A new giant spider - which has huge five-inch females and tiny males - has been discovered by scientists.
The female of the new species of golden orb weaver spider has a body one and a half inches long with a leg span of five inches and weaves a web more than three feet wide.
The tiny male, however, has a leg span of just one inch. The variation of the Nephila species, named as Nephila Komaci, was discovered by US and Slovenian researchers in Africa and Madagascar.
In the paper published in the journal PLoS ONE, the team from the Slovenian Academy of Sciences and Arts and Smithsonian's National Museum of Natural History, described how until recently, said they believed the giant Nephila was extinct.
But Jonathan Coddington from the Smithsonian said a South African colleague found a male and two females in Africa's Tembe Elephant Park allowing researchers to confirm it did exist.
Tests were then carried out that confirmed it was the largest orb weaver ever known and was a newly identified species.
Coddington said: 'We fear the species may be endangered, as its only definite habitat is a sand forest in Tembe Elephant Park in Kwa-Zulu-Natal.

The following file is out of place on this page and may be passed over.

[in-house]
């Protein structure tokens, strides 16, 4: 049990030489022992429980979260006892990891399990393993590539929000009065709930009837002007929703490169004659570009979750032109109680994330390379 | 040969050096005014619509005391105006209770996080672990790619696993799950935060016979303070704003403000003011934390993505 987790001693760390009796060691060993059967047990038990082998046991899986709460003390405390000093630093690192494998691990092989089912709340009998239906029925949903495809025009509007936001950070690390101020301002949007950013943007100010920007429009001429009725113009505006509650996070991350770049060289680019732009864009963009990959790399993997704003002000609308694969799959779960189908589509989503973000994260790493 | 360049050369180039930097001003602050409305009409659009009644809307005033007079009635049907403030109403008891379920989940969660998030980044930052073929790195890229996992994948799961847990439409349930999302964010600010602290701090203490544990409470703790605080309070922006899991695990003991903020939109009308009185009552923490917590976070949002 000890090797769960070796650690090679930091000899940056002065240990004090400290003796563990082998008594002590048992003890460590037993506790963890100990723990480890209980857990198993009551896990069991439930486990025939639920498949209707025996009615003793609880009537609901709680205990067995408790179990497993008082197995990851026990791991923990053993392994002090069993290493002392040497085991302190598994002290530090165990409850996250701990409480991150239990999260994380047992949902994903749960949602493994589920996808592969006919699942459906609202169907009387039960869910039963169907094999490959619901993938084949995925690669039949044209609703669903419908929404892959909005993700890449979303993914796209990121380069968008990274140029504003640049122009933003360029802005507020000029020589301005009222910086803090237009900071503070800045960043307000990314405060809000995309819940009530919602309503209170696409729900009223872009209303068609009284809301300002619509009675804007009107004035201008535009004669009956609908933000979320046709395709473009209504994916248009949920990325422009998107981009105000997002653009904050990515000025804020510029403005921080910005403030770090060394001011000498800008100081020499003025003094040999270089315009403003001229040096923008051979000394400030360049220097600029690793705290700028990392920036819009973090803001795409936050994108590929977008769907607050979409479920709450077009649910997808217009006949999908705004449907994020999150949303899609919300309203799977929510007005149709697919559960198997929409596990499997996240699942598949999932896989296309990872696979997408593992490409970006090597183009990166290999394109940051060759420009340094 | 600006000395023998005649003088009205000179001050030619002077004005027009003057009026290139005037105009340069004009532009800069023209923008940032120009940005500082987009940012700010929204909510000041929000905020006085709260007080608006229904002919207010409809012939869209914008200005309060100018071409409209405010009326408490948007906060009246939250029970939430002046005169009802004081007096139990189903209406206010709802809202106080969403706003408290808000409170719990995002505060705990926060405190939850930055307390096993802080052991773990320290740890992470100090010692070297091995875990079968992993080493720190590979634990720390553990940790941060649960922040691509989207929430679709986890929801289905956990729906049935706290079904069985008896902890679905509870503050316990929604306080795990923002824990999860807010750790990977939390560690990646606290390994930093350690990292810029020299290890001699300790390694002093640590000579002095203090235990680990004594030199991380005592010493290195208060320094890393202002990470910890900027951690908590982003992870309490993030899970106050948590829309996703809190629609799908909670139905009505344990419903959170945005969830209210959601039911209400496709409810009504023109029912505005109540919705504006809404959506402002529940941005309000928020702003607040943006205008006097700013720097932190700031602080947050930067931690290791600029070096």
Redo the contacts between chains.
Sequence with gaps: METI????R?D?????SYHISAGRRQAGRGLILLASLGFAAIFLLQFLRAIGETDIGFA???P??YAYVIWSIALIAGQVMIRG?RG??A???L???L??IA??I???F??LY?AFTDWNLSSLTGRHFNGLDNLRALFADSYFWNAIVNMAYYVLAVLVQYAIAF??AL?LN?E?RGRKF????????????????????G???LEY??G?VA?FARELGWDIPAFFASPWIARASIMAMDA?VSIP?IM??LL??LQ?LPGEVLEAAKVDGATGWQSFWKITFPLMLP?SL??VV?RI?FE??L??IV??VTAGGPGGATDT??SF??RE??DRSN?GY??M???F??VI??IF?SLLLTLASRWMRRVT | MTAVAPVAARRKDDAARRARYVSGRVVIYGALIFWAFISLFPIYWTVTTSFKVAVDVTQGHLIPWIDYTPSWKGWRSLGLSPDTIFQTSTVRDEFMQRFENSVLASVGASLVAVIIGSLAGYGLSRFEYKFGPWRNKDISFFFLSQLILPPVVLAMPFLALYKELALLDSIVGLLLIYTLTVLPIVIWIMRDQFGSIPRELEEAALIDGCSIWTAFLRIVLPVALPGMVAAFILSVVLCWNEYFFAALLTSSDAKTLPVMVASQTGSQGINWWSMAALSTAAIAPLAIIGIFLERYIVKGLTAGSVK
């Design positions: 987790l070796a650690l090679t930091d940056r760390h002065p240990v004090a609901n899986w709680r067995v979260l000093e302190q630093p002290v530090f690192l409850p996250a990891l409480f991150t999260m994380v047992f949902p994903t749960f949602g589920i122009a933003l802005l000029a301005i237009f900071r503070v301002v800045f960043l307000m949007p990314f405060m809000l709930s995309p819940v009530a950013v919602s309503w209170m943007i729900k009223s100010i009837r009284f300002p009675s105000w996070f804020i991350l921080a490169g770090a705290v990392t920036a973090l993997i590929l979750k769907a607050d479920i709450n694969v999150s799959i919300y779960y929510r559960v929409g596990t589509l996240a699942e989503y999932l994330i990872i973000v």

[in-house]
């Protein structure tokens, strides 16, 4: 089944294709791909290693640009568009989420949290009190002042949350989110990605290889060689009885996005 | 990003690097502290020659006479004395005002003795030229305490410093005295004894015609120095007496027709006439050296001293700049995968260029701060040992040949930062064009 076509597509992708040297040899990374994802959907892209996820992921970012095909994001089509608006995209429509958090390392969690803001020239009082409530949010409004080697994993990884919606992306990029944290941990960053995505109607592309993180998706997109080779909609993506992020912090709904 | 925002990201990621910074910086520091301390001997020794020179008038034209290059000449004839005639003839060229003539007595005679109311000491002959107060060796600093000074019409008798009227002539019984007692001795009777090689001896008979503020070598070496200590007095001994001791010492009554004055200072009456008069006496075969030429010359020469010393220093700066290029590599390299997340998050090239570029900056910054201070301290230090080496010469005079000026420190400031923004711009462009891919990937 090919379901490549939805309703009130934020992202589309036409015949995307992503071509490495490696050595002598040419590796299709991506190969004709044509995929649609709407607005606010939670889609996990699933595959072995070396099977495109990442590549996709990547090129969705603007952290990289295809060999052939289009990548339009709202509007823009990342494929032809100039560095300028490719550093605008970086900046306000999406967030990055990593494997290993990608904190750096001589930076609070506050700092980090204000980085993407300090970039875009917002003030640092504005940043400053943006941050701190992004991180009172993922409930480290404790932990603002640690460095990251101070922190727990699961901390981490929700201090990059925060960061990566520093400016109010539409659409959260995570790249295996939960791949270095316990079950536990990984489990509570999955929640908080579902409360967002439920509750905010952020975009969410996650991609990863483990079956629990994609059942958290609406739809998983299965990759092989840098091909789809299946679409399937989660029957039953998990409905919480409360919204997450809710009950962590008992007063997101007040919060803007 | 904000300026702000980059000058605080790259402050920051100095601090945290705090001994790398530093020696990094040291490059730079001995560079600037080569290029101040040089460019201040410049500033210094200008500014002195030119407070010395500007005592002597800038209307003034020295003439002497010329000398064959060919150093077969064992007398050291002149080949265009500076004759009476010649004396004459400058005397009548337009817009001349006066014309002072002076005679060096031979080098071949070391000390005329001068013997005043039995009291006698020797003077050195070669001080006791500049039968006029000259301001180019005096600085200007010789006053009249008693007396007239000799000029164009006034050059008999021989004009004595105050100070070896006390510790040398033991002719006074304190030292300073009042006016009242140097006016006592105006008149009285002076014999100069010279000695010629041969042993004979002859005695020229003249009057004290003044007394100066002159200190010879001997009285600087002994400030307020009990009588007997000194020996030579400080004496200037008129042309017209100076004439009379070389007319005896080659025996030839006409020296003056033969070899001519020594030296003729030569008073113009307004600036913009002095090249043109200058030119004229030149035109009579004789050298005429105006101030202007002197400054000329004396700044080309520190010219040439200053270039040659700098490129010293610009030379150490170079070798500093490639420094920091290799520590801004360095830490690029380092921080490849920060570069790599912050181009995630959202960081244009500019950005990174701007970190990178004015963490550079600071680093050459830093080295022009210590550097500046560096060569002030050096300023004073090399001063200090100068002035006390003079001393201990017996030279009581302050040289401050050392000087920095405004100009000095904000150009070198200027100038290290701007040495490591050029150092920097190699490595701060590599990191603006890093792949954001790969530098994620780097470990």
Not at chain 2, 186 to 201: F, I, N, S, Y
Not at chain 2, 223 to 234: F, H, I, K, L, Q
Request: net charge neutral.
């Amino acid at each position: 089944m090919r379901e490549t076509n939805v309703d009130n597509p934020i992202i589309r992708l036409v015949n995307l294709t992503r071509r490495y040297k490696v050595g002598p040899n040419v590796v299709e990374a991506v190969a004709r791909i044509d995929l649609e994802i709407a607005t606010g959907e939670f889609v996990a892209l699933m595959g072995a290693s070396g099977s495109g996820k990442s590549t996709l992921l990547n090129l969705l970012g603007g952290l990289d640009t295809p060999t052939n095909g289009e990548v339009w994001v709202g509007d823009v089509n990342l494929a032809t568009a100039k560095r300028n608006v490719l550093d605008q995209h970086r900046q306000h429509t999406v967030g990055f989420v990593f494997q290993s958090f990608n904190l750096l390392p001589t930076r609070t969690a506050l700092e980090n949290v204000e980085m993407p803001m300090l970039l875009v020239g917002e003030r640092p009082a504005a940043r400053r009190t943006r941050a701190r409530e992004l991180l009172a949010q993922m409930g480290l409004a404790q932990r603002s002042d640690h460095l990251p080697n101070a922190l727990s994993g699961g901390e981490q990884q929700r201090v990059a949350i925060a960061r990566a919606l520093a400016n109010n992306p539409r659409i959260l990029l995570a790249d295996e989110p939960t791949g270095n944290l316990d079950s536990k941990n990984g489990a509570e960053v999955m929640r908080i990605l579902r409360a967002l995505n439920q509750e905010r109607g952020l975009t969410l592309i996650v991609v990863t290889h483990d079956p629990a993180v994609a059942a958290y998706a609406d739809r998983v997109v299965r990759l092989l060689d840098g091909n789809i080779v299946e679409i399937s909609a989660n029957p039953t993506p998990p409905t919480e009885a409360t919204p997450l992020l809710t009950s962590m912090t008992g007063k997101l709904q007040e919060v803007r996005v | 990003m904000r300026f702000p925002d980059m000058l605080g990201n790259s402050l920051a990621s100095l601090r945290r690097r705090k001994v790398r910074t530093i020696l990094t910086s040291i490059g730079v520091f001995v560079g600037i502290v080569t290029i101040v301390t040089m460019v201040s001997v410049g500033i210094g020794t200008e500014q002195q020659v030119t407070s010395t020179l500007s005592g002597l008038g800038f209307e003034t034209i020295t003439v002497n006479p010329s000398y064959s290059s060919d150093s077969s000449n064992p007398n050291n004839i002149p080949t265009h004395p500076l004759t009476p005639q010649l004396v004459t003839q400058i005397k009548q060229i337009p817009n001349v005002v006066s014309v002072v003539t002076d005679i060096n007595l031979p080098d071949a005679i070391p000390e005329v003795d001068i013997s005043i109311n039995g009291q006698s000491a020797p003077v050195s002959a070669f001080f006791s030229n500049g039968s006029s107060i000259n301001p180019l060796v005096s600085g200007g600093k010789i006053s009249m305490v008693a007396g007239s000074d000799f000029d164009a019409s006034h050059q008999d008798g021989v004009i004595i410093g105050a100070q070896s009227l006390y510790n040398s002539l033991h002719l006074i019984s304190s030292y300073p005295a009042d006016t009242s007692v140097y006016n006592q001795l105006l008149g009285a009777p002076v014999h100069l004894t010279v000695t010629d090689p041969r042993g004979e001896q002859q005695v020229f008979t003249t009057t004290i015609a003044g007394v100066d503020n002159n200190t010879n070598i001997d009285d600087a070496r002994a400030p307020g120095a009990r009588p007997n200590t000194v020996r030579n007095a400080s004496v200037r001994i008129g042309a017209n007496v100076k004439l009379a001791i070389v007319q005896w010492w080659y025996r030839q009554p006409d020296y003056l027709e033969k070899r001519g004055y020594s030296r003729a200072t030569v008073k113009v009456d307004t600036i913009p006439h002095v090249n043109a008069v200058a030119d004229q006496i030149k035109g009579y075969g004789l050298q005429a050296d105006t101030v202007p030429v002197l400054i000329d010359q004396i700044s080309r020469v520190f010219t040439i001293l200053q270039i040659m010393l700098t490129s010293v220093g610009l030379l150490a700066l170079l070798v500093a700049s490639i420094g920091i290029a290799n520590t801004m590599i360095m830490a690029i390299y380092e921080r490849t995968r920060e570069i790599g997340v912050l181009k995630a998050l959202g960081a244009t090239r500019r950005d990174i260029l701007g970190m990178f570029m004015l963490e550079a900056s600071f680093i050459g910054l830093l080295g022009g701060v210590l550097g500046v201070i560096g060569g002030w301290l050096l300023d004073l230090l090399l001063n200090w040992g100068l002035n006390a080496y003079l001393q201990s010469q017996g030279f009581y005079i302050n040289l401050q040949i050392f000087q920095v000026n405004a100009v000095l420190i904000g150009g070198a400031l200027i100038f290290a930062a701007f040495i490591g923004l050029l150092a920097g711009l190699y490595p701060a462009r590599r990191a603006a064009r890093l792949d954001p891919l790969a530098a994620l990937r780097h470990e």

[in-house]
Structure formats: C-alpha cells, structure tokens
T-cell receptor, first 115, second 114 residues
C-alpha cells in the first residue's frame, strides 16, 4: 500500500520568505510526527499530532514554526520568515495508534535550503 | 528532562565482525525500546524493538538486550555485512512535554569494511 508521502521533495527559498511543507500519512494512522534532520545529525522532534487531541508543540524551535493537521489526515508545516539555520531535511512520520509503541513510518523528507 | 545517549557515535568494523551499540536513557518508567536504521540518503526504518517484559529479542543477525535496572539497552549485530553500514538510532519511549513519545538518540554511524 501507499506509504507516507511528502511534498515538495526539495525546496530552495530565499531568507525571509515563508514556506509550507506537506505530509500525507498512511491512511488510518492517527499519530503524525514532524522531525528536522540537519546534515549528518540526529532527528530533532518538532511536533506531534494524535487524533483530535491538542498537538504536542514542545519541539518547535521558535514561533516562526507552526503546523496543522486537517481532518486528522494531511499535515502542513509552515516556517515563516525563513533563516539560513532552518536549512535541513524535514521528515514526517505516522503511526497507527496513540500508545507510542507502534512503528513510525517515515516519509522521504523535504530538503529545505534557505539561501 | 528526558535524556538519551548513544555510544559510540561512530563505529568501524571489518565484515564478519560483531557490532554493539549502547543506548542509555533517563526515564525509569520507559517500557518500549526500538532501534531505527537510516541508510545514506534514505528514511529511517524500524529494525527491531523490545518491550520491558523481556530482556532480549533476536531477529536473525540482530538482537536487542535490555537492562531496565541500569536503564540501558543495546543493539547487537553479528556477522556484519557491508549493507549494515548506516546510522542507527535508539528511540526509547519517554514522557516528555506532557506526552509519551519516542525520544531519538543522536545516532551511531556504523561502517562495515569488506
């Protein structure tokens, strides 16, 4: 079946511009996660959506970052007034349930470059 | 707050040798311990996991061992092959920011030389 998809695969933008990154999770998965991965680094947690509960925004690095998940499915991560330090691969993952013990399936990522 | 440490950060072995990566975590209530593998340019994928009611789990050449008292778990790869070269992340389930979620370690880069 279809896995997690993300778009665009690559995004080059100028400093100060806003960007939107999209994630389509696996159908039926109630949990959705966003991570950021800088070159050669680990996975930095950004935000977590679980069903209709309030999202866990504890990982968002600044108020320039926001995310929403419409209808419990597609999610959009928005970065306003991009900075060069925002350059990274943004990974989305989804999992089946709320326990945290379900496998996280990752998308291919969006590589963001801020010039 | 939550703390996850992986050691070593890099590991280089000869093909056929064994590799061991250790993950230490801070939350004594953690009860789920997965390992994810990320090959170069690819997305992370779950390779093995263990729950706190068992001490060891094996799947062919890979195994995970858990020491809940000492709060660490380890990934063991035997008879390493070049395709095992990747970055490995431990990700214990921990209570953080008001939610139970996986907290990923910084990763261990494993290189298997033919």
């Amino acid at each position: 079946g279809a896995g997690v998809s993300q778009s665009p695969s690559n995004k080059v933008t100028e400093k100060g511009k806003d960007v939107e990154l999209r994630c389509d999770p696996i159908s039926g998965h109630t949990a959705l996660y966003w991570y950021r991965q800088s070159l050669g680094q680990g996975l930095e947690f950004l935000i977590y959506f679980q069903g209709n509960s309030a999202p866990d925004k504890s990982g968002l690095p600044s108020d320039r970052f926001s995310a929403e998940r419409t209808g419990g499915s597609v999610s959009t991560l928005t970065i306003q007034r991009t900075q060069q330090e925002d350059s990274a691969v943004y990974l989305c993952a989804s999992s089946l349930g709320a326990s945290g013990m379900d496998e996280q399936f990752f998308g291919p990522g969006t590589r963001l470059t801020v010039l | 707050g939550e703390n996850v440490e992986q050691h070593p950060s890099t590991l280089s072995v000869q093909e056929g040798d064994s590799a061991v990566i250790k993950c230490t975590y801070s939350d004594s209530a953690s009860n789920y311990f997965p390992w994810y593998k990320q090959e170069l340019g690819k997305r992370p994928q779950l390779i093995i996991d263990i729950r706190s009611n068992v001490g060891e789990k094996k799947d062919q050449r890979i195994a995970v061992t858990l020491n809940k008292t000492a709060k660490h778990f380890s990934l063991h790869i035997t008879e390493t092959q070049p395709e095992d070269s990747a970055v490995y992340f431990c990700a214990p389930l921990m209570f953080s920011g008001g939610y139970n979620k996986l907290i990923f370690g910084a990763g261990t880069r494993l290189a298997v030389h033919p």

'Our data suggests that the species is not abundant, its range is restricted and all known localities lie within two endangered biodiversity hotspots: Maputaland and Madagascar.'
Nephila spiders are renowned for being the largest web-spinning spiders. Although males are five times smaller than their mates, they are actually normal-sized - it is the females who are giants.
N.Komaci was named after Kuntner's best friend, Andrej Komac, who died in an accident at the time of the discovery.
Kuntner said: 'My friend, himself a scientist, encouraged me to tackle this PhD, but did not live to see the discoveries made.
'He was a big inspiration, and a great friend, thus it was logical to name this new species to his memory.'